By Andrew Bunting
PHS Vice President, Public Horticulture
For a relaxing and socially distanced activity, I turn to my garden for tranquility. And, serendipitously, the timing is ideal for me to do spring plantings and gardening. One of my favorite projects this time of year is to plant my container gardens.
All container gardening is basically the same, and it is quite simple and easy to create a beautifully planted container -- you'll need a container, drainage, soil, water, and of course plants! To get started you will need to have a container to hold the soil. This can be a traditional pot like a terracotta pot, a plastic container, or a glazed container. It just simply needs to be able to hold soil. I have also used a lot of containers over the years that were not intended for plantings, but which I have retrofitted to use as one. At a flea market one year I found a bunch of colorful sap buckets used for harvesting sap to make maple syrup. I have also used old galvanized containers. Anything will work! It is totally subjective and up to your own tastes.
In addition to being able to hold soil, a good container must be able to drain. If there is no drainage outlet, then the soil will become overly saturated and cause the roots of your plants to rot and ultimately die. Most pots you purchase for plants will already have a hole. If it is a pot you are retrofitting (like a galvanized pot), you may need to add holes by drilling or punching them in the bottom.
Avoid common gardening wives’ tales about containers to save yourself time! It is often recommended to add crushed gravel or a broken old terracotta pot at the bottom of your container to increase drainage. I have probably planted 3,000 planters in my lifetime, and I have never added anything to the bottom of the pot to increase drainage. Sometimes “feet” are recommended between the bottom of the container and the patio or wherever the containers will sit to increase drainage ability. Unless the bottom of your pot is perfectly flat or your surface is completely flat, the water will find its way out -- so in short, don’t waste your time or money.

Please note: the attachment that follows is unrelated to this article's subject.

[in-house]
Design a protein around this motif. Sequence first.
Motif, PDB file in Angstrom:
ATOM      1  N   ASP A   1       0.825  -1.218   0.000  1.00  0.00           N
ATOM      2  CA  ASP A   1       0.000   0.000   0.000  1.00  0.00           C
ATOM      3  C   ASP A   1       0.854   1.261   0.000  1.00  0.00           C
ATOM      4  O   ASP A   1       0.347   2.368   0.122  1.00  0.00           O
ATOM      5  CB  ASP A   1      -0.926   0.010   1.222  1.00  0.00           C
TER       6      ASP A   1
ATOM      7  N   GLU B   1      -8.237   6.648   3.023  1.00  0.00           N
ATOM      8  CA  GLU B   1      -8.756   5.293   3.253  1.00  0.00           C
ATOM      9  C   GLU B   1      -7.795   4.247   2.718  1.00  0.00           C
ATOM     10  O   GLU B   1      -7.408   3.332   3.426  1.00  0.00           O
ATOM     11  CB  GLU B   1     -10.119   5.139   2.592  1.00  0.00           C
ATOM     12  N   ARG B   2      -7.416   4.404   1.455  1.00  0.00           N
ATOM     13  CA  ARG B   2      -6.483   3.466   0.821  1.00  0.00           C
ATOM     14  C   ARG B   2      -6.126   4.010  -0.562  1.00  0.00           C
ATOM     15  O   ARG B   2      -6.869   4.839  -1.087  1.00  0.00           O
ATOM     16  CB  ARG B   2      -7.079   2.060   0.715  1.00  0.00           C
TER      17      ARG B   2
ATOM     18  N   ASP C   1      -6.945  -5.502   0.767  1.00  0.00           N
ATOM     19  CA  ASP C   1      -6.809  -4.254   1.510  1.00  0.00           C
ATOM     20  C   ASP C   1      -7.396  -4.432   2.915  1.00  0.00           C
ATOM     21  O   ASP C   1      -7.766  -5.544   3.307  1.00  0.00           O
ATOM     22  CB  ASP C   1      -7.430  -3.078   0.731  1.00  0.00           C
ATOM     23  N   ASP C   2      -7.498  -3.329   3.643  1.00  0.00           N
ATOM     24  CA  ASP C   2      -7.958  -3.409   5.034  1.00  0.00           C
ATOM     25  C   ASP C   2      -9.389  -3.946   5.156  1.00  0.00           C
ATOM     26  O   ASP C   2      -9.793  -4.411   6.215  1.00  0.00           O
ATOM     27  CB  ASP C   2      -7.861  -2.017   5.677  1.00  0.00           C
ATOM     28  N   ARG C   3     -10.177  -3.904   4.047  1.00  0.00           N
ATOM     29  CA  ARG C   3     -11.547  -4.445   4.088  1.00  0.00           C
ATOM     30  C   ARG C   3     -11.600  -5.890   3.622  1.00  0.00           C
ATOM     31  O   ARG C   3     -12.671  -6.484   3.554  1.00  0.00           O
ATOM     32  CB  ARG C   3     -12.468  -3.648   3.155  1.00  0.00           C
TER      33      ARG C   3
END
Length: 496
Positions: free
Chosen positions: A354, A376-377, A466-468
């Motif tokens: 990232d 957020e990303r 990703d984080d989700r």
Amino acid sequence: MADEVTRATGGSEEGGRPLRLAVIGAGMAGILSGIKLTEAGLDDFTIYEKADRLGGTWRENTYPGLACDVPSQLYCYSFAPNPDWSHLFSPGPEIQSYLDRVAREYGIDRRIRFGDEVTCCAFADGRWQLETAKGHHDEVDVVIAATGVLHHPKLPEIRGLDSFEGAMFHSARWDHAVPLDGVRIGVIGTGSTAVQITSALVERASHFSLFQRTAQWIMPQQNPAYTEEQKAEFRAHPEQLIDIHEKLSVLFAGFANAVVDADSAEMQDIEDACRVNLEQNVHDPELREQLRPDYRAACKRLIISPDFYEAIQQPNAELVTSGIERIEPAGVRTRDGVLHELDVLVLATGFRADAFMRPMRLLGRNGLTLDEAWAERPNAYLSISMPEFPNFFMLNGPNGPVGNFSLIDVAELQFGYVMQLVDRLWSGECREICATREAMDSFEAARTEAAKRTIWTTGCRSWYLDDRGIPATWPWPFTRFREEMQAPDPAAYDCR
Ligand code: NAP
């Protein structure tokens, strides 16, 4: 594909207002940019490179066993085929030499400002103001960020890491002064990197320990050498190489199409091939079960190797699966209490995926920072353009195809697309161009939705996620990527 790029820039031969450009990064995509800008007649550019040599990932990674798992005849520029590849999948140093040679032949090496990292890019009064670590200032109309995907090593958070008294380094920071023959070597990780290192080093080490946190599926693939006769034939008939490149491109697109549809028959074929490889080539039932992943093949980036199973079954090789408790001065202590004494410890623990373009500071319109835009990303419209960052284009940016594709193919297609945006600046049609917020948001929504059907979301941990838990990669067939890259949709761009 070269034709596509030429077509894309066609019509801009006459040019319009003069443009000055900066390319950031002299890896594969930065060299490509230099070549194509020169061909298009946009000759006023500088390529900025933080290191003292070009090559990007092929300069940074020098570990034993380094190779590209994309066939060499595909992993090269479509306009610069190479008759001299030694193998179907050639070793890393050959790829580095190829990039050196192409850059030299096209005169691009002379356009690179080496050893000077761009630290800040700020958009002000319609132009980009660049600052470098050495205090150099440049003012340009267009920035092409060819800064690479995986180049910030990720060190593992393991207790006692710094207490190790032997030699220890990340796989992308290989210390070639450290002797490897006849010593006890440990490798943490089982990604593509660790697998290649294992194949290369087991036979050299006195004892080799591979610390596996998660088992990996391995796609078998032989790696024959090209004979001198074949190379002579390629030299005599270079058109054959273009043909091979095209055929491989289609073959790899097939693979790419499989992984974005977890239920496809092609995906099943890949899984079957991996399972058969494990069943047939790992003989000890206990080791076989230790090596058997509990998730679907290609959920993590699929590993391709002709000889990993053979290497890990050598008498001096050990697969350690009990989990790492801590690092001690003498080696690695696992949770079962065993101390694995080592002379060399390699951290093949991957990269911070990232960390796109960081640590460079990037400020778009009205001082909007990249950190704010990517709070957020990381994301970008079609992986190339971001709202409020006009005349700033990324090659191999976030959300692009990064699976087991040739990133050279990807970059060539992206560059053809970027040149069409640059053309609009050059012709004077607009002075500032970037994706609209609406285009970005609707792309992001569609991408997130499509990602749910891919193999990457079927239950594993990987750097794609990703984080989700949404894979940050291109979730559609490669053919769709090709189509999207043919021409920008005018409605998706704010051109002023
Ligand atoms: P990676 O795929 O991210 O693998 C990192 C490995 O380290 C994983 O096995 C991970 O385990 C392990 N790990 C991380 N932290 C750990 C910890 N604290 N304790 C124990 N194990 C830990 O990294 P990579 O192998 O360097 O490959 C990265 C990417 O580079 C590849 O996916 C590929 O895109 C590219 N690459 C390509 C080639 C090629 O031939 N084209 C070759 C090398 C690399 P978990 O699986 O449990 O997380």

For my containers, I like a potting soil that includes some pine bark in it for drainage. Other people like to use Perlite, a naturally occurring mineral, which will also add drainage. You can also use compost if you have a compost pile or access to leaf compost.
Lastly, water your pots and keep an eye on watering! I always water the pots after the initial planting and then only water on an “as need basis." For all plantings, I prefer they dry out a little between waterings.
While this video highlights plants for early spring temperatures, the same principles can be used for summer, fall or winter plantings. The plants I chose will look good from mid-March to mid-May. Many different plants can take these same spring temperatures such as pansies, wall flowers, ornamental kale, and rainbow chard -- many good for early color in your garden.
For this demonstration, I used three basic design principles that I use with all my containers. Kathy Pufahl owned a great nursery on Long Island that specialized in unusual annuals called Beds and Borders, and she taught many container workshops. Her simple design terms have stuck with me. You need to have a good central focal point in your container or the “thriller.” In the case of this container, I used an upright rosemary, Rosmarinus officinalis. I know that the rosemary will withstand the cool temperatures and be a great central feature. Then any type of bushy side plants can be filled in around the “thriller.” In this case, I used two silver foliaged lavenders, Lavandula ‘Goodwin Creek Grey’. Kathy referred to these as the “fillers.” And lastly, you need something that can be your edging plant or in some cases spill over the edge of the pot, so I used the purple foliage of lettuce called ‘Merlot’ and a creeping thyme, Thymus vulgaris, as the “spillers.” If you use the “thriller, filler and spiller” approach, you will never go wrong.